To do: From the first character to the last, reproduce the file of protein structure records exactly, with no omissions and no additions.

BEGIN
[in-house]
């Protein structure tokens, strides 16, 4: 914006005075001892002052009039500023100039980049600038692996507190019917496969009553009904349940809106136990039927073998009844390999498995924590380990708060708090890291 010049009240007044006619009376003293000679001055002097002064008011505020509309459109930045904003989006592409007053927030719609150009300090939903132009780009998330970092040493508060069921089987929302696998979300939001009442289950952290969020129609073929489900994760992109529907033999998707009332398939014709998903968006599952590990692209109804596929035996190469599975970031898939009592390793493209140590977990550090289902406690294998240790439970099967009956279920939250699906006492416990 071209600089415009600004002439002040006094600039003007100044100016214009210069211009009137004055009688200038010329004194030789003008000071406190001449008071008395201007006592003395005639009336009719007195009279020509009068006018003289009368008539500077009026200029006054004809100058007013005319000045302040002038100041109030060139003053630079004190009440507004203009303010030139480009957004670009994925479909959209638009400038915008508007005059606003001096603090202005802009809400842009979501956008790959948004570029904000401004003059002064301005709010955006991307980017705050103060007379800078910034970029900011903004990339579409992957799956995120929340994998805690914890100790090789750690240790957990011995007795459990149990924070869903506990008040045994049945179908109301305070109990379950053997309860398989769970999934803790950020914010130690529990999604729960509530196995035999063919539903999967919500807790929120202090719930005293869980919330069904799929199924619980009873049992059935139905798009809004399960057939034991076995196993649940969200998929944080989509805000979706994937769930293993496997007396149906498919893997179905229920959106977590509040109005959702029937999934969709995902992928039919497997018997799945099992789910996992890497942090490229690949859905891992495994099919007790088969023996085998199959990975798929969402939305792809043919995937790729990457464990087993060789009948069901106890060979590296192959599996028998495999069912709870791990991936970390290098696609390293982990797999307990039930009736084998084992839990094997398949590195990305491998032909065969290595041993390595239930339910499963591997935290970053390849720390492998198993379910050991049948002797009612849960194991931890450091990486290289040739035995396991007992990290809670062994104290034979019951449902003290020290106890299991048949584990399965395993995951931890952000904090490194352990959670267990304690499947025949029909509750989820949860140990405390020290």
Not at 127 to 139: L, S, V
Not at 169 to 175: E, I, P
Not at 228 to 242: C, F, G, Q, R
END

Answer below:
[in-house]
């Protein structure tokens, strides 16, 4: 914006005075001892002052009039500023100039980049600038692996507190019917496969009553009904349940809106136990039927073998009844390999498995924590380990708060708090890291 010049009240007044006619009376003293000679001055002097002064008011505020509309459109930045904003989006592409007053927030719609150009300090939903132009780009998330970092040493508060069921089987929302696998979300939001009442289950952290969020129609073929489900994760992109529907033999998707009332398939014709998903968006599952590990692209109804596929035996190469599975970031898939009592390793493209140590977990550090289902406690294998240790439970099967009956279920939250699906006492416990 071209600089415009600004002439002040006094600039003007100044100016214009210069211009009137004055009688200038010329004194030789003008000071406190001449008071008395201007006592003395005639009336009719007195009279020509009068006018003289009368008539500077009026200029006054004809100058007013005319000045302040002038100041109030060139003053630079004190009440507004203009303010030139480009957004670009994925479909959209638009400038915008508007005059606003001096603090202005802009809400842009979501956008790959948004570029904000401004003059002064301005709010955006991307980017705050103060007379800078910034970029900011903004990339579409992957799956995120929340994998805690914890100790090789750690240790957990011995007795459990149990924070869903506990008040045994049945179908109301305070109990379950053997309860398989769970999934803790950020914010130690529990999604729960509530196995035999063919539903999967919500807790929120202090719930005293869980919330069904799929199924619980009873049992059935139905798009809004399960057939034991076995196993649940969200998929944080989509805000979706994937769930293993496997007396149906498919893997179905229920959106977590509040109005959702029937999934969709995902992928039919497997018997799945099992789910996992890497942090490229690949859905891992495994099919007790088969023996085998199959990975798929969402939305792809043919995937790729990457464990087993060789009948069901106890060979590296192959599996028998495999069912709870791990991936970390290098696609390293982990797999307990039930009736084998084992839990094997398949590195990305491998032909065969290595041993390595239930339910499963591997935290970053390849720390492998198993379910050991049948002797009612849960194991931890450091990486290289040739035995396991007992990290809670062994104290034979019951449902003290020290106890299991048949584990399965395993995951931890952000904090490194352990959670267990304690499947025949029909509750989820949860140990405390020290």
Not at 127 to 139: L, S, V
Not at 169 to 175: E, I, P
Not at 228 to 242: C, F, G, Q, R